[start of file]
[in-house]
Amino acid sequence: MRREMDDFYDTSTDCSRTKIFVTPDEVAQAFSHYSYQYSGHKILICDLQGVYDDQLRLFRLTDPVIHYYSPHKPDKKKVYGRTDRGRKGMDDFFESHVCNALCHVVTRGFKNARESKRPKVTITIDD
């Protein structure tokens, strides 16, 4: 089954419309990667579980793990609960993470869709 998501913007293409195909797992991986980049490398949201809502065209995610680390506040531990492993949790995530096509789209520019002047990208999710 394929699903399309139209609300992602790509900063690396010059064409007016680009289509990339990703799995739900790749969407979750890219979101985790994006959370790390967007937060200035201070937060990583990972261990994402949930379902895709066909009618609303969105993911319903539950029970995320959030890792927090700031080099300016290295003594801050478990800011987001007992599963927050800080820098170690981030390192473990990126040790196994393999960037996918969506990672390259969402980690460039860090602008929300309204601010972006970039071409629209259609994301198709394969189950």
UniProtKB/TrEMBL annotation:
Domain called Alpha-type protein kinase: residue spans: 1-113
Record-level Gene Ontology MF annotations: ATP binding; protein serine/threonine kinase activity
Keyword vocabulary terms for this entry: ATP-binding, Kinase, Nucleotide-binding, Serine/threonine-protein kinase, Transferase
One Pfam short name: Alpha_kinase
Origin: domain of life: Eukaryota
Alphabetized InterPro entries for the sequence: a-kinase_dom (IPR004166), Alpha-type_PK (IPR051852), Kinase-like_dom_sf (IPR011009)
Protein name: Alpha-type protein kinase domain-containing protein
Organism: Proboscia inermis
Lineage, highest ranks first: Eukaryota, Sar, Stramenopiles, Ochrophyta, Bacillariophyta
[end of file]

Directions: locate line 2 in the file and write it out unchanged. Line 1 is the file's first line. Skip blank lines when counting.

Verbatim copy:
Amino acid sequence: MRREMDDFYDTSTDCSRTKIFVTPDEVAQAFSHYSYQYSGHKILICDLQGVYDDQLRLFRLTDPVIHYYSPHKPDKKKVYGRTDRGRKGMDDFFESHVCNALCHVVTRGFKNARESKRPKVTITIDD